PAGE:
Jeffro has been fighting health problems, with little success, yet with a positive outlook, and the hope he could beat the odds.

He passed today. There is no explanation, but I have the feeling his body finally gave out, and the world lost another person willing to share this experience we call life.

Rest in peace, Jeffro. I'll miss you.

I'm adding his obituary. Too many good people disappear; only a few lines in a local newspaper. 

Robert J. "Jeff" Borland Jr., 54, died Monday, May 5, 2014 at Western Plains Medical Complex, Dodge City.
He was born August 27, 1959 at Dodge City, the son of Robert J. Borland Sr. and Mary Jo McGinley. Jeff graduated from Cimarron High School in 1977 and then went on to St. Mary of the Plains College in Dodge City then the Dodge City Community College and then one semester at Kansas State University.
During college, he worked at Gibson's in Dodge City, later working for Burns Trucking, the Dodge City Post Office and Magouirk Chevrolet in Dodge City and Palmer Manufacturing and Tank in Garden City.
Jeff was a member of the NRA and loved watching NASCAR racing and Dale Earnhardt Jr. 88.
Survivors include: his sister, Kathleen Borland, Oklahoma City, Oklahoma; an aunt, Gail Borland, Niles, Michigan; an uncle, Pleasant Kimball, San Ramon, California; cousins, Tom South and wife Betty Ann, Dodge City, Ronda Pegram and husband Randy, Rogers, Arkansas, Charles Borland, Buchanan, Michigan, Amy Bean and husband Steve, Grand Rapids, Minnesota, Jennifer Martin and husband Doug, Pacifica, California, Steve Kimball, San Ramon, California; his cat, Kitsey and a host of friends.
He was preceded in death by his parents.
Vigil service will be at 7:00 pm Monday, May 12, 2014 at St. Stanislaus Church, Ingalls, Kansas. Funeral Mass will be 10:00 am Tuesday at the Church, with Fr. James Baker presiding. Friends may call from 12:00 noon to 4:00 pm Monday at Ziegler Funeral Chapel Cimarron. Burial will be in Cimarron Cemetery, Cimarron Kansas.
The family suggests memorials to the Ford County Humane Society, American

Diabetes Association

or the donor's choice of a Humane Society all in care of Ziegler Funeral Chapel, P.O. Box 446, Cimarron, Kansas 67835. Condolences may be sent to - See more at:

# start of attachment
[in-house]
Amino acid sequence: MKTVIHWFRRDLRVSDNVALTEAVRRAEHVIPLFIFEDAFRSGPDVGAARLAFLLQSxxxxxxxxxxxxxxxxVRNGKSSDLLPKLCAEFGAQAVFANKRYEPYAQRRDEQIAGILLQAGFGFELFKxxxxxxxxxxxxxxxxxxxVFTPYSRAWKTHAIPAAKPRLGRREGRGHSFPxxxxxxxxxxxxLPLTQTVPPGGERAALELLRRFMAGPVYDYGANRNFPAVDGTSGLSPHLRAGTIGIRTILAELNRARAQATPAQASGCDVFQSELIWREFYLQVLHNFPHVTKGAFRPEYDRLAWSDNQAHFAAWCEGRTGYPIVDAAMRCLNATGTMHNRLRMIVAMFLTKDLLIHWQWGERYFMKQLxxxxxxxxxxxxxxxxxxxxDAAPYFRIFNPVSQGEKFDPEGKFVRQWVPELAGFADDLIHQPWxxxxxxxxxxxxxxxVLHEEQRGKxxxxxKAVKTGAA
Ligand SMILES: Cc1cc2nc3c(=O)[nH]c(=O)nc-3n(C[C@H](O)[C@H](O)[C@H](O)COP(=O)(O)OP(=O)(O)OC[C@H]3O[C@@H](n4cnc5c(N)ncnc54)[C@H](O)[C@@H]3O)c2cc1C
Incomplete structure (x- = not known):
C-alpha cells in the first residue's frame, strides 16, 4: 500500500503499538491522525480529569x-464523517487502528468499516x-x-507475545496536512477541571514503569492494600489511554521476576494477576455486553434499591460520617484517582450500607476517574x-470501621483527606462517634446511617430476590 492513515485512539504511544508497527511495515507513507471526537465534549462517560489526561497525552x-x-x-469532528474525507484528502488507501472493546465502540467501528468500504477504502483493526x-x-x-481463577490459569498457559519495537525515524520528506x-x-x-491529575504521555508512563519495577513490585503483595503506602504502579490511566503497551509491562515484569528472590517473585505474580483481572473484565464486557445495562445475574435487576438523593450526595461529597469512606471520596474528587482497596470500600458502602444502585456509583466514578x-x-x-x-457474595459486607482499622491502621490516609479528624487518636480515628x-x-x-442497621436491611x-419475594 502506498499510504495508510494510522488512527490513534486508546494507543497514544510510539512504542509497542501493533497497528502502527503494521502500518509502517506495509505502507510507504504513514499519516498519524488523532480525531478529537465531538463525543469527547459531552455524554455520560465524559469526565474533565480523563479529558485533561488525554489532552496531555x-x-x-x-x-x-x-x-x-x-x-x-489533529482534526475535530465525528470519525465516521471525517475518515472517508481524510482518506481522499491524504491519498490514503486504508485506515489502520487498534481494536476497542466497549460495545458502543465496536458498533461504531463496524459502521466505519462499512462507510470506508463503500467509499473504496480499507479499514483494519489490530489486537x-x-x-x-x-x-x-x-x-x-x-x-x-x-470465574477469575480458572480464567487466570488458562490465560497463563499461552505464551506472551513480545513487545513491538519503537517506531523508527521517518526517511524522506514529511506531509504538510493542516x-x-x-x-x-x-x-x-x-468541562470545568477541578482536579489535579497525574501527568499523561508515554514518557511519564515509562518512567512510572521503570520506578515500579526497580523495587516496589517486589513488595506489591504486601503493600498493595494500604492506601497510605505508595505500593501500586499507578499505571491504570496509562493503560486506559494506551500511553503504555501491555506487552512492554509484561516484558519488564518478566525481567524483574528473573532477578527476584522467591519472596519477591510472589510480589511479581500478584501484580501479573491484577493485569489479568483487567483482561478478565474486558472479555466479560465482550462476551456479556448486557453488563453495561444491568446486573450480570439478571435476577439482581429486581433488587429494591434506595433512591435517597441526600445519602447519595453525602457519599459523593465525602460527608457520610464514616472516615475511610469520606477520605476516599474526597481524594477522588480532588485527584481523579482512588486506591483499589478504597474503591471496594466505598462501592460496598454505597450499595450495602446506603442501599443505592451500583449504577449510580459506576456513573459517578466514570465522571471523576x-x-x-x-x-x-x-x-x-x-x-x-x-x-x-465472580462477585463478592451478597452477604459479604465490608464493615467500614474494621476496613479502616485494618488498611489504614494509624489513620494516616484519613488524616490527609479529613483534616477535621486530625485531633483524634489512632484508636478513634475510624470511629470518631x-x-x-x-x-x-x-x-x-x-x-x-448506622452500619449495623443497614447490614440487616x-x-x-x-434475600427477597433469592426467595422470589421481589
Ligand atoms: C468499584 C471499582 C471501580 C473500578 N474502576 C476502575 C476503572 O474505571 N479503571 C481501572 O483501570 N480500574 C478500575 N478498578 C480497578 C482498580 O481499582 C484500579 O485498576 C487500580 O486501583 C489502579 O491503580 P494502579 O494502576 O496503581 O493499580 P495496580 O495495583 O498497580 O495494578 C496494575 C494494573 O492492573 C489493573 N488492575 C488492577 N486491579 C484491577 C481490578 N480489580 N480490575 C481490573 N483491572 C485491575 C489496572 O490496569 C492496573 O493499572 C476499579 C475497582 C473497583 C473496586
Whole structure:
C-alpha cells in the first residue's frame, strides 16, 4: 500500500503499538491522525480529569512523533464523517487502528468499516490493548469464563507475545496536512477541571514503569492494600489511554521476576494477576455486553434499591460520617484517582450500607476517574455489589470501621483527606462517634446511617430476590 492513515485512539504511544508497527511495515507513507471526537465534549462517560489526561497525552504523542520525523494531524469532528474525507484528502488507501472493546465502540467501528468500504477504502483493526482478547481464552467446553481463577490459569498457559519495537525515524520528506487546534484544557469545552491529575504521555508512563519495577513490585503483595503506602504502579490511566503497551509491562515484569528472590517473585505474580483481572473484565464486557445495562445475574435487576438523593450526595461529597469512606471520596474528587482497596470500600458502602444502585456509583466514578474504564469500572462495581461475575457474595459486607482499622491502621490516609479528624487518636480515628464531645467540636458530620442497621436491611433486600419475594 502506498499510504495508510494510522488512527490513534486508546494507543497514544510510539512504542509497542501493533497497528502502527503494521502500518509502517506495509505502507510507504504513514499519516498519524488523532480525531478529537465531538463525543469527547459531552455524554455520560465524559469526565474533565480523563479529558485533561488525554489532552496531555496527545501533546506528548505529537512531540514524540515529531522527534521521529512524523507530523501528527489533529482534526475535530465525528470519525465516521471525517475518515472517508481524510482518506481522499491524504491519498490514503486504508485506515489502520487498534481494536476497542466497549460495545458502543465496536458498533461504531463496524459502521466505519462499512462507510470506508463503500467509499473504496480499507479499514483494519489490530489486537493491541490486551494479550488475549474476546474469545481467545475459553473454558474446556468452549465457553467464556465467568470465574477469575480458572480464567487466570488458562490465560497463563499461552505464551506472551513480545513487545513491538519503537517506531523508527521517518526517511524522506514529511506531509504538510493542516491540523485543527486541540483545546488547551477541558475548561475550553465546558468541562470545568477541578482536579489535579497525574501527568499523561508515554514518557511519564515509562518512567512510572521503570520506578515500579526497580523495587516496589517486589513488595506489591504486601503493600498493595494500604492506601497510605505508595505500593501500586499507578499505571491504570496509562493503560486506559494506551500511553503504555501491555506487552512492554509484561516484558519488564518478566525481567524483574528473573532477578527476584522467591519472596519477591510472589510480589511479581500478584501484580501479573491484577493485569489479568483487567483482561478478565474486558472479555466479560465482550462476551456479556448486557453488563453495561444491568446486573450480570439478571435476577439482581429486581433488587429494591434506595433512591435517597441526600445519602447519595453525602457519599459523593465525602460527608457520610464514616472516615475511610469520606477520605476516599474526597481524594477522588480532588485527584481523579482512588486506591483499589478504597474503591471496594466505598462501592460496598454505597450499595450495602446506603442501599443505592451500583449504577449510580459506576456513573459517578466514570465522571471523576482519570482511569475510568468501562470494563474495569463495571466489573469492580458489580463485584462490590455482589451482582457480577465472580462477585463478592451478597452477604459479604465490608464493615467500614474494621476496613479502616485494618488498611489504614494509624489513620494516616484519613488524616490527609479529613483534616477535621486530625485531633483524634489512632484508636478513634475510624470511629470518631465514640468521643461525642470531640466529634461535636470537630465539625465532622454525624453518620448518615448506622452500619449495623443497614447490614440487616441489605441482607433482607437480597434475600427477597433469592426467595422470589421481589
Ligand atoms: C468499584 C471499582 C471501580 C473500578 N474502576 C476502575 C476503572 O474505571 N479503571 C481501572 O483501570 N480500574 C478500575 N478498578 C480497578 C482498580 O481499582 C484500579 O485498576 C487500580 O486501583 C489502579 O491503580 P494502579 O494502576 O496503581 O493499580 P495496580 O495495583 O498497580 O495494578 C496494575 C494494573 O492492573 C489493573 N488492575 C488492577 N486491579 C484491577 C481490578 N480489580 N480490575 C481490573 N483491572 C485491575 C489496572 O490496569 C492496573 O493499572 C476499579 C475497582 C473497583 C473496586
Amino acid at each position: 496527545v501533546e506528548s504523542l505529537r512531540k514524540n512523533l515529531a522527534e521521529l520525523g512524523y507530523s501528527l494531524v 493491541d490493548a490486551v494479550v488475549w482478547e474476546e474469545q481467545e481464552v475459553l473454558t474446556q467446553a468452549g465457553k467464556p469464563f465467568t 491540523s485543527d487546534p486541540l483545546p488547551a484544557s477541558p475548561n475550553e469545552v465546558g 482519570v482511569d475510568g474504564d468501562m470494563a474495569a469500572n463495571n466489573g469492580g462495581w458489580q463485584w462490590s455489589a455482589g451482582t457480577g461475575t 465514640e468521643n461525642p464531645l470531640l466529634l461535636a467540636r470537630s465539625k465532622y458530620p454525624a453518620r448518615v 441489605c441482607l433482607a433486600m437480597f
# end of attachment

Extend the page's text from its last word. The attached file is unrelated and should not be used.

Sunday, May 4, 2014

I'm a Sucker for a Piano

I can fiddle around on the piano; even play something that doesn't hurt your ears. I don't play much anymore, but I will have spells where I tool around with my favorite style, which is blues and boogie woogie.

Still, I'm not this good, but it's something to aspire to.

A Song of Encouragement

Listen to the lyrics.

Not The Right Tool For The Job

We were building a concrete pad for cranes inside a unit in a facility that makes rubber. It was a small pad, but it had substantial reinforcement.

Most of the rebar was stock length, but there were a few pieces that needed to be cut. The only thing we had for this task was a rebar bender/cutter designed for rebar smaller than that required.

I scratched my head at first, wondering if I needed to go buy a hacksaw and cut the rebar. After considering my options, I decided to put a cheater pipe on the handle of the cutter and use it to cut the rebar.

The first few pieces were no problem, although it took a substantial amount of leverage on the pipe to accomplish the cut. Then, we found a problem.

One bar was either better steel, or we were getting tired. Our typical method wasn't working, so I decided to get rough.

I pulled on the cheater pipe, soon had all my weight on the pipe and was rocking on the pipe, with the hope it would soon cut. It did.

The rebar snapped, and the six foot long pipe fell; striking me in the chest.

After a few minutes of sitting on the sidelines, I went back to work. We soon had everything ready and poured the concrete.

On the way home, my chest started hurting. After arriving home, it reached the point where it was hard to breathe, without pain. I started worrying and my wife soon convinced me to go to the emergency room.

After some x-rays, too many minutes worrying about what I'd managed to destroy and the consultation with the doctor, it was determined the pipe flexed the rib joints, much like bending a finger back to far.